White House press secretary Kayleigh McEnany rebuked the media Friday for allegedly taking President Donald Trump “out of context” after he wondered if injecting disinfectant could help stop coronavirus.
Trump wondered during Thursday’s press briefing if a person could somehow bring “the light inside the body” after Bill Bryan, the head of Homeland Security’s science and technology division, noted that “the virus dies quickest in sunlight.”
The president asked Bryan hypotheticals, ranging from how to bring sunlight into the body to whether an “injection” of an unspecified “disinfectant” could be a cure. (RELATED: ‘Summer Respite’: White House Says Sunlight Has ‘Striking’ Effect On Killing Coronavirus)
“President Trump has repeatedly said that Americans should consult with medical doctors regarding coronavirus treatment, a point that he emphasized again during yesterday’s briefing,” McEnany said in a statement Friday to the Daily Caller. “Leave it to the media to irresponsibly take President Trump out of context and run with negative headlines.”
Numerous outlets reported on Trump’s comments Thursday evening and Friday morning.
“So supposing we hit the body with a tremendous — whether it’s ultraviolet or just a very powerful light — and I think you said that hasn’t been checked because of the testing,” Trump said Thursday. “And then I said, supposing you brought the light inside the body, which you can do either through the skin or some other way, and I think you said you’re going to test that, too.”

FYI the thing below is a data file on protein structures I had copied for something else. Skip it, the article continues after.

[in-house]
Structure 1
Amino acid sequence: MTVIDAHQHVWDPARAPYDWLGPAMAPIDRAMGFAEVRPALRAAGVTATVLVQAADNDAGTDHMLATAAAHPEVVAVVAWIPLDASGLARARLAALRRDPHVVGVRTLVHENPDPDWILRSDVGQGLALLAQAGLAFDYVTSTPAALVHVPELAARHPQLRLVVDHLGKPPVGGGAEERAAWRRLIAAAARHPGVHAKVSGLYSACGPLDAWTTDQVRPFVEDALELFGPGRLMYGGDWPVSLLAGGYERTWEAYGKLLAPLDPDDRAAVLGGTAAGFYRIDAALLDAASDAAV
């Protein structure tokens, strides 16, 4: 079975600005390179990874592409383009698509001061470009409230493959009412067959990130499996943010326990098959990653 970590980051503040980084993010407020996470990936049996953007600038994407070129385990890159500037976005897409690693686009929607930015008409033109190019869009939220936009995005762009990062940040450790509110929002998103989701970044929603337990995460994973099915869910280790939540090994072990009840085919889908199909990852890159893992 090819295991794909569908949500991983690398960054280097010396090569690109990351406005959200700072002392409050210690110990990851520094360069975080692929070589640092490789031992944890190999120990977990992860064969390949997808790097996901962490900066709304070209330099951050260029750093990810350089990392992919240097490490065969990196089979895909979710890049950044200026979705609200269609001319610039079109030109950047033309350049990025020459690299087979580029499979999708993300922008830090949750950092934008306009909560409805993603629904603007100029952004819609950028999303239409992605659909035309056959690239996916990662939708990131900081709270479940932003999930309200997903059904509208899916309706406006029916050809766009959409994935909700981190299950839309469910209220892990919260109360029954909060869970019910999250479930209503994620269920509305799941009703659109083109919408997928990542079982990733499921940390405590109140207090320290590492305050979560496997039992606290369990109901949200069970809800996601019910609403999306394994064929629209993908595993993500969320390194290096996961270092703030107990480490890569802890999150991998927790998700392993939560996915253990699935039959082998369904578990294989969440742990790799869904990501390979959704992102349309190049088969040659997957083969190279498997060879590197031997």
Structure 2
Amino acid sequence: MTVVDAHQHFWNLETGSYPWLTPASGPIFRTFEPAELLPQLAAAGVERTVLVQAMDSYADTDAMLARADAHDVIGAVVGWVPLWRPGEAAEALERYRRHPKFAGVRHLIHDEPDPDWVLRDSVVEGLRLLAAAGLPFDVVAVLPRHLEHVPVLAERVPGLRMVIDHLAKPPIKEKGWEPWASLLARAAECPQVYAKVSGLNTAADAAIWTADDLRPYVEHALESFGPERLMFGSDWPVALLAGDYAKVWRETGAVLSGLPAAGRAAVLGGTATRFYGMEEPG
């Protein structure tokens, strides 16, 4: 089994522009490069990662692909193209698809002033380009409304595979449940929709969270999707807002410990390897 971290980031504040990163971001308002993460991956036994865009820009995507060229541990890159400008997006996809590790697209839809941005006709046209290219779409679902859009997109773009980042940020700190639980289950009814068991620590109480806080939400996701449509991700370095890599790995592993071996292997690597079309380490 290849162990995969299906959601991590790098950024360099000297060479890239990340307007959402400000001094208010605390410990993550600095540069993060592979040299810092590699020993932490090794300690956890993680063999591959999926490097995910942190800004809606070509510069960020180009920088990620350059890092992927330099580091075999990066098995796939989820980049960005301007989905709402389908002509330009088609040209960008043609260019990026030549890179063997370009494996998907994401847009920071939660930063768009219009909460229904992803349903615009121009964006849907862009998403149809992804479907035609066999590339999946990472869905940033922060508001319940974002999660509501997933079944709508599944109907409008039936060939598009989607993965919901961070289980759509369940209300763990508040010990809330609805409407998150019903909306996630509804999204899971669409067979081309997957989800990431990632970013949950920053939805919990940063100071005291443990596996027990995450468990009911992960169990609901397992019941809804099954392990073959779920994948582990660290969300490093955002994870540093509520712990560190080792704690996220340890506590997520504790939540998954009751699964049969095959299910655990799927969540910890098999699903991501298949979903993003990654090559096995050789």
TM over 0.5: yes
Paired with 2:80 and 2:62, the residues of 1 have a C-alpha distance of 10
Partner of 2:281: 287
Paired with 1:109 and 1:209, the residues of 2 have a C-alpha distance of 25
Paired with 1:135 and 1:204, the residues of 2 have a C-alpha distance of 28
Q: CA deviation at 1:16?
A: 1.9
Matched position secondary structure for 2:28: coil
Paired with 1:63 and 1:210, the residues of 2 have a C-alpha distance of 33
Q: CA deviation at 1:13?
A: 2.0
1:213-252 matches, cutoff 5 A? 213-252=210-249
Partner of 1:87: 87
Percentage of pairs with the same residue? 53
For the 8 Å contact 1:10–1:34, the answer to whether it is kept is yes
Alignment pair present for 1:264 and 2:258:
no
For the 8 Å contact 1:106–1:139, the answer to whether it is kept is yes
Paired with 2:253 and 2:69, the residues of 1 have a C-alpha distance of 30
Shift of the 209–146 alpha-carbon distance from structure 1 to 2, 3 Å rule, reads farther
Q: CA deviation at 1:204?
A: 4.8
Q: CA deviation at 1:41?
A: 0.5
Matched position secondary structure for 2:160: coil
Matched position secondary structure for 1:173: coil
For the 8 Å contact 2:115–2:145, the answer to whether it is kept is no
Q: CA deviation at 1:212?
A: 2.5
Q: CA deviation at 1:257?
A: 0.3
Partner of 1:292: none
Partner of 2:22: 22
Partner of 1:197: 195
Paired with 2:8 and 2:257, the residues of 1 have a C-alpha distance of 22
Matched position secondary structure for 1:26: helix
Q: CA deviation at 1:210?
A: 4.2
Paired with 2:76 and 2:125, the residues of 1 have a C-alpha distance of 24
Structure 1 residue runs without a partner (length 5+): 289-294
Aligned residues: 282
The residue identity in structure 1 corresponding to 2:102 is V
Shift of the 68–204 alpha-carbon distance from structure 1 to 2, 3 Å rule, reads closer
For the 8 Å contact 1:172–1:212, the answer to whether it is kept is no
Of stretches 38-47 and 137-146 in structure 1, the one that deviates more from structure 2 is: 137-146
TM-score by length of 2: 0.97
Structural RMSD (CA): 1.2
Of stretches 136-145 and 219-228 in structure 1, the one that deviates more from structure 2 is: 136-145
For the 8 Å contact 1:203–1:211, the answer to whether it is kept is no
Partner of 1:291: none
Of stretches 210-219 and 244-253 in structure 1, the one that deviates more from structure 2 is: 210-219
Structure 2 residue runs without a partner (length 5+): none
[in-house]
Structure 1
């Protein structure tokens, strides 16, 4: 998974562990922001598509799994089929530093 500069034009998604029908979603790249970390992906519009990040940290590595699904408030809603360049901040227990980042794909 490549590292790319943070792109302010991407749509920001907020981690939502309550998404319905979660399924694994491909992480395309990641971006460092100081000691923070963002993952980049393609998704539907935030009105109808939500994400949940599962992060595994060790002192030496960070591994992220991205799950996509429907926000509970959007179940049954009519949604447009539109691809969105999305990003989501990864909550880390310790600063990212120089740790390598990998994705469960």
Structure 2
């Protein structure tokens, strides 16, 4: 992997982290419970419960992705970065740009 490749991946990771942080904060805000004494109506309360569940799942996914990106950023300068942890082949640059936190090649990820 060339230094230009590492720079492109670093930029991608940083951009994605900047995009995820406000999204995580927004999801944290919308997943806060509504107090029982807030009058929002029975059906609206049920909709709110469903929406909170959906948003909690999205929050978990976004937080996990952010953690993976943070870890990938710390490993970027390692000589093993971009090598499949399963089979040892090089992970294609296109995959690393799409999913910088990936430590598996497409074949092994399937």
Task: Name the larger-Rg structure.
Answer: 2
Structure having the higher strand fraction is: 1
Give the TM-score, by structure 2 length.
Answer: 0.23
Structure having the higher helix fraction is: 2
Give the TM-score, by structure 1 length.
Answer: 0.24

“I see the disinfectant that knocks it out in a minute, one minute,” he continued. “And is there a way we can do something like that by injection inside or almost a cleaning? As you see, it gets in the lungs, it does a tremendous number on the lungs, so it would be interesting to check that.”
Bryan said “we don’t do that at our labs” when asked by a reporter about injecting disinfectant. Numerous doctors also urged against anyone injecting or drinking any sort of disinfectant.
Trump’s speculation caused the parent company of Lysol, a brand of cleaning and disinfecting products, to issue a warning against the use of any sort of “injection.”
“As a global leader in health and hygiene products, we must be clear that under no circumstance should our disinfectant products be administered into the human body (through injection, ingestion or any other route),” reads the statement from Reckitt Benckiser, the company that produces Lysol and Dettol. “As with all products, our disinfectant and hygiene products should only be used as intended and in line with usage guidelines. Please read the label and safety information.”